It wasn’t like this in my day.
I mean to say. Crikey.
Actually, I don’t remember the Lucy In The Sky With Diamonds visual effects either, but this was the only picture I could find of Brentwood Preparatory School where I was a boarder from 1957 to 1961.
Boarding school life offered few pleasures for a lonely 7 year old. But one that Chris liked to hear me recount was the weekly visit to the “tuck shop.” For the uninitiated, this was a padlocked, walk-in larder loaded with boxes containing sweets and chocolates provided by our parents at the beginning of each term.
Each boarder had his own hoard; mine I remember was stored in a marbled plastic forerunner of a Tupperware box, with my name inscribed on a dog tag that my mother had attached by a split-ring through a hole she had made in the lid with a hot needle. At the time, I was both fascinated by my mother’s imaginative handiwork and humiliated by the fact that she had used a dog tag.
On Sundays, in the otherwise desolate hours between morning chapel and evening service, we queued to receive our weekly treat. As each salivating boy got to the front of the line, Matron picked his box off the shelf, removed the lid and – under her eagle-eye – proffered its contents for him to select a single piece of tuck.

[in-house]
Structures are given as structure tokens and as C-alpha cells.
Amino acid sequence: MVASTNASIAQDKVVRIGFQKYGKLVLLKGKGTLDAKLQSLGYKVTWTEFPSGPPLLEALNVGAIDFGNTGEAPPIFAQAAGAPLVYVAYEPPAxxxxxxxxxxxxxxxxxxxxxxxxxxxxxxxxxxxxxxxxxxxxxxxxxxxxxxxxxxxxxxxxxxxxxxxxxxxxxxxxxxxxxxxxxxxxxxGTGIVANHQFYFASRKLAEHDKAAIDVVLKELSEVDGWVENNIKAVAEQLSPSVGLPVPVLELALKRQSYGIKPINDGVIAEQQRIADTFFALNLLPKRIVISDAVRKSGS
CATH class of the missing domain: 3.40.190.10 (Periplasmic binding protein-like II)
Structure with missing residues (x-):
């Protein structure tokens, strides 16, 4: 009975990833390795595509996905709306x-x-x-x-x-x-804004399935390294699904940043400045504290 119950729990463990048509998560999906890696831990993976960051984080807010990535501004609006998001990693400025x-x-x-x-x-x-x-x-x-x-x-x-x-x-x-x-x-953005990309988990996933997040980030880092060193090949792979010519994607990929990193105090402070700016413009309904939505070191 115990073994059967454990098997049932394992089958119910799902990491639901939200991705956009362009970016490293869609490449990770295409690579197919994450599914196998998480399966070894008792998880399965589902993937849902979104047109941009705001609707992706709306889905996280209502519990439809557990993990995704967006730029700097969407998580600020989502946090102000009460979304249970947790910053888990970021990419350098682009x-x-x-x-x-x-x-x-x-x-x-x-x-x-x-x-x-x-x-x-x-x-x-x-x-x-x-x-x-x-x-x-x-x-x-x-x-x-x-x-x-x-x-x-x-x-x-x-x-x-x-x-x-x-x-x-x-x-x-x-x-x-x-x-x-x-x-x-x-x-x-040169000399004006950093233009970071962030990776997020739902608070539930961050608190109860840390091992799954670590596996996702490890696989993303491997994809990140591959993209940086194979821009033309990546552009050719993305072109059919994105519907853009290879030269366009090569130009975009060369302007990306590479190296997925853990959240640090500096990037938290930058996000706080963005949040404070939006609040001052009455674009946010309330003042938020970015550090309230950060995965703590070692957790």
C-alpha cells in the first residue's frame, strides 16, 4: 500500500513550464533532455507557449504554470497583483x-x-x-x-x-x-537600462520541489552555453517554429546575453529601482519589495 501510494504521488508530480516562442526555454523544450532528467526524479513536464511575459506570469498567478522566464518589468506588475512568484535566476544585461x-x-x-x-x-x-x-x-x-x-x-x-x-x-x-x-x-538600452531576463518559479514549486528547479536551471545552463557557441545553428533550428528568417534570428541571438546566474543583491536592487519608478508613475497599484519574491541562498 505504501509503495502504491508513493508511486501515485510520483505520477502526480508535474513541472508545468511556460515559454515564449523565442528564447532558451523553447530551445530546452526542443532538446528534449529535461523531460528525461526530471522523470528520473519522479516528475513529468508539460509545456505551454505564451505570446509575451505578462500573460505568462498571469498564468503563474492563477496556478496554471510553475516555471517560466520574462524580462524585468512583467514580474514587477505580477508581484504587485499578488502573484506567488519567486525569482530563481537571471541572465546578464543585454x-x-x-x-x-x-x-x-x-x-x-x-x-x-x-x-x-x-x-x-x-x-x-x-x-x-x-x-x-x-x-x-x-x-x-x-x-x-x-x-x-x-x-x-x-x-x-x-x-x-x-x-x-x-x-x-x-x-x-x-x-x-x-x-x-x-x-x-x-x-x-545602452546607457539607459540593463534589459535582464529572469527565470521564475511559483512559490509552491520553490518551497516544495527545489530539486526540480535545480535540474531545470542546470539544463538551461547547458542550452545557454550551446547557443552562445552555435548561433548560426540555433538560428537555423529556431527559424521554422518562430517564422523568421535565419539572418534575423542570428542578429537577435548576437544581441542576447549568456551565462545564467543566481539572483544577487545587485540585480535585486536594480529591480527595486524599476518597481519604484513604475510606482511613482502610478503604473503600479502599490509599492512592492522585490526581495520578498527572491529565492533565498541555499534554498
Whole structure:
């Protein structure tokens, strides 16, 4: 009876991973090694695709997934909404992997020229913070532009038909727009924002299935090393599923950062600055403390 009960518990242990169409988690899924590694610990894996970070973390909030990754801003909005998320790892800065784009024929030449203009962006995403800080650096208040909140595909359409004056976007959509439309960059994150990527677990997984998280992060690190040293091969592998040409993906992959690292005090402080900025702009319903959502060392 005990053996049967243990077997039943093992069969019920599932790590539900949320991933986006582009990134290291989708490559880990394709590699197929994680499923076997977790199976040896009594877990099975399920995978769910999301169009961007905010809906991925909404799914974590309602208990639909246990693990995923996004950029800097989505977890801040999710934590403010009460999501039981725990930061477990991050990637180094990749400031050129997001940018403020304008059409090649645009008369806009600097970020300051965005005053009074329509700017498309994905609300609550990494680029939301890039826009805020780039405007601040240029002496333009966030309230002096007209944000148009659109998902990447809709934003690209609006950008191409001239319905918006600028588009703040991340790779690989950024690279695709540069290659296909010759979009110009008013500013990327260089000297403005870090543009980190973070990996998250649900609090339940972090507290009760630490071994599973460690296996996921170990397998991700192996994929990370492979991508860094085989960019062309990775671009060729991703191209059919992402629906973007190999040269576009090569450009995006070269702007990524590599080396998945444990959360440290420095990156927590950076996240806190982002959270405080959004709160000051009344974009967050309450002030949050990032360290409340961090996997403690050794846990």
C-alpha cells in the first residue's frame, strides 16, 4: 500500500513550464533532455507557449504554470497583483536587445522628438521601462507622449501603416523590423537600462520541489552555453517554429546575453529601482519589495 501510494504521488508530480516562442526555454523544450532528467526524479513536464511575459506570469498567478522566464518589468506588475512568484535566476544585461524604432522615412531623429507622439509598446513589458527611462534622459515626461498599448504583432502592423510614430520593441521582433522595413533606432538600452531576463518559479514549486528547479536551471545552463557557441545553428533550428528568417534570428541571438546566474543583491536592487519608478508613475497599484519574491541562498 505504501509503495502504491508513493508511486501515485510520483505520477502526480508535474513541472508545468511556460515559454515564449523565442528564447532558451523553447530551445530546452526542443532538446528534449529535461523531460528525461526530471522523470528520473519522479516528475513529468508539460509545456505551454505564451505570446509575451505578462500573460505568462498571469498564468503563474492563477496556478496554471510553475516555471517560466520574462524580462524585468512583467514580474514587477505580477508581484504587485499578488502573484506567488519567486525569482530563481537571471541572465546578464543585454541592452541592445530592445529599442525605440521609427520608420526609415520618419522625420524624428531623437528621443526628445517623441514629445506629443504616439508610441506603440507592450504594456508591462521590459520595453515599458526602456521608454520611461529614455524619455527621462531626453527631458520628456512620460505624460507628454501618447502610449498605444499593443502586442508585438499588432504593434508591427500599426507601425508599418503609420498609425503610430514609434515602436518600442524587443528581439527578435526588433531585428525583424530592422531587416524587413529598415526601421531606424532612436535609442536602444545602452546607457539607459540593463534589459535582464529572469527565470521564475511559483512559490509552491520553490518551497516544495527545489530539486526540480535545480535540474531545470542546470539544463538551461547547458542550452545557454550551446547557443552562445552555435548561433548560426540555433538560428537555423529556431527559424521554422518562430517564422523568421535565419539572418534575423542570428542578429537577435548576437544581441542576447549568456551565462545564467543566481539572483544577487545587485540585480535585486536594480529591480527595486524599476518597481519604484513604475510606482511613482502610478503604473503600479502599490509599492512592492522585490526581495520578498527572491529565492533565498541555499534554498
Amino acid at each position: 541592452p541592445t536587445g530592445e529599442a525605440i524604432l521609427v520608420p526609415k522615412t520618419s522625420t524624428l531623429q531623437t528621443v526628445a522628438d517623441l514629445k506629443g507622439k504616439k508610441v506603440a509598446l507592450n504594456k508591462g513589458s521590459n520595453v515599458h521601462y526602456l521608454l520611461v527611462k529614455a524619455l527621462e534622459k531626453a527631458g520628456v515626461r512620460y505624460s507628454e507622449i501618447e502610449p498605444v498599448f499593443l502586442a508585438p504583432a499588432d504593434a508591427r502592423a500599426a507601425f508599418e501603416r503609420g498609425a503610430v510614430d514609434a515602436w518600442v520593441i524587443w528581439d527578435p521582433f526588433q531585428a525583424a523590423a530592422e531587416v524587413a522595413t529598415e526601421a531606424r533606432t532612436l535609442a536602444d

Looking back, I’m not sure which was more exciting – the prospect of sinking one’s teeth into the chosen delight or the opportunity, in a regimented world where choice was almost non-existent, to choose for oneself which particular item to consume. I adored chocolate in all its forms: coconut-filled Bounties; unctuous, gooey Mars Bars; Kit-Kats with silver foil wrapping that could be rubbed to reveal the inscription beneath; improbably aerated, ribbed slabs of Aero; Cadbury’s Dairy Milk and strangely yellow-coloured Caramacs.
My class-mate Wignall on the other hand, preferred packets of Fruit Pastilles and Maynard’s Wine Gums which could be stashed and traded for favours during the week. Fiske was a sucker for Fry’s Peppermint Creme while Huxley indiscriminately wolfed down anything that came his way.
Winterbottom Minor rarely got to enjoy any tuck at all as his older brother Winterbottom Major would extort it from him as his dues for “protection.”
All this is by way of a preamble to saying that before she died, Chris secretly commissioned our friend Claire Nichols to procure for me a posthumous Christmas present: a tuck box full to bursting with 1950s retro-sweets.
I’m eating one piece a week and it’s still half full.
Confectionery of the Gods.
Thank you, my lovely.
A lovely story Geoff. When’s the “The Chris I Knew” book coming out !” That would be a big fat unputdownable addition to the bookshelves.